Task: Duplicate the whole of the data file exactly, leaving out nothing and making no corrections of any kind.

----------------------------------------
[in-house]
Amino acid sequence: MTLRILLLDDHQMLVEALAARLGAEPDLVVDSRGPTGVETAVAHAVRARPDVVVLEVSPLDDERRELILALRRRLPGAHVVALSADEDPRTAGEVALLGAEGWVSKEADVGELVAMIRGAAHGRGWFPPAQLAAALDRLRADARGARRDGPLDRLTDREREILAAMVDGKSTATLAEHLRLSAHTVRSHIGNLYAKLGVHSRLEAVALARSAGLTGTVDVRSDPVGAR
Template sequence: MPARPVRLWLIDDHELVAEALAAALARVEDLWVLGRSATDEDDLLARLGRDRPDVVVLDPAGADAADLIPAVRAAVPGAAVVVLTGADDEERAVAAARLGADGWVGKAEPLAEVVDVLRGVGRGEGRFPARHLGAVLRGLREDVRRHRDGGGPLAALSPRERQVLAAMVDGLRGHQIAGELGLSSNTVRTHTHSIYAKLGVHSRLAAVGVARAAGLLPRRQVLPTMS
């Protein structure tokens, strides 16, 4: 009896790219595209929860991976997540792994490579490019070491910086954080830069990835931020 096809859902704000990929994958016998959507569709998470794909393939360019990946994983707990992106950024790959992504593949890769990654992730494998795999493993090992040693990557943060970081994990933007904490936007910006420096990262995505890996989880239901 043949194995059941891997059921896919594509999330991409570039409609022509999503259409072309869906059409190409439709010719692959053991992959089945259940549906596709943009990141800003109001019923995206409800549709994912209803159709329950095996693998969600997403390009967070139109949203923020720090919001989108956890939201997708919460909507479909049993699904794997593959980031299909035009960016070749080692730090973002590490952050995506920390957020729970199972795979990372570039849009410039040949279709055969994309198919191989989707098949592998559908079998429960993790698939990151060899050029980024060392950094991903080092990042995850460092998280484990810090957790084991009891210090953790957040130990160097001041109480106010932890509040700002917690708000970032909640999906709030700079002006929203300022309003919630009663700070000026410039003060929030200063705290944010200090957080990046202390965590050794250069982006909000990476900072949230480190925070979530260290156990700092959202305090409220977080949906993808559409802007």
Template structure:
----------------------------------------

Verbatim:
[in-house]
Amino acid sequence: MTLRILLLDDHQMLVEALAARLGAEPDLVVDSRGPTGVETAVAHAVRARPDVVVLEVSPLDDERRELILALRRRLPGAHVVALSADEDPRTAGEVALLGAEGWVSKEADVGELVAMIRGAAHGRGWFPPAQLAAALDRLRADARGARRDGPLDRLTDREREILAAMVDGKSTATLAEHLRLSAHTVRSHIGNLYAKLGVHSRLEAVALARSAGLTGTVDVRSDPVGAR
Template sequence: MPARPVRLWLIDDHELVAEALAAALARVEDLWVLGRSATDEDDLLARLGRDRPDVVVLDPAGADAADLIPAVRAAVPGAAVVVLTGADDEERAVAAARLGADGWVGKAEPLAEVVDVLRGVGRGEGRFPARHLGAVLRGLREDVRRHRDGGGPLAALSPRERQVLAAMVDGLRGHQIAGELGLSSNTVRTHTHSIYAKLGVHSRLAAVGVARAAGLLPRRQVLPTMS
């Protein structure tokens, strides 16, 4: 009896790219595209929860991976997540792994490579490019070491910086954080830069990835931020 096809859902704000990929994958016998959507569709998470794909393939360019990946994983707990992106950024790959992504593949890769990654992730494998795999493993090992040693990557943060970081994990933007904490936007910006420096990262995505890996989880239901 043949194995059941891997059921896919594509999330991409570039409609022509999503259409072309869906059409190409439709010719692959053991992959089945259940549906596709943009990141800003109001019923995206409800549709994912209803159709329950095996693998969600997403390009967070139109949203923020720090919001989108956890939201997708919460909507479909049993699904794997593959980031299909035009960016070749080692730090973002590490952050995506920390957020729970199972795979990372570039849009410039040949279709055969994309198919191989989707098949592998559908079998429960993790698939990151060899050029980024060392950094991903080092990042995850460092998280484990810090957790084991009891210090953790957040130990160097001041109480106010932890509040700002917690708000970032909640999906709030700079002006929203300022309003919630009663700070000026410039003060929030200063705290944010200090957080990046202390965590050794250069982006909000990476900072949230480190925070979530260290156990700092959202305090409220977080949906993808559409802007």
Template structure: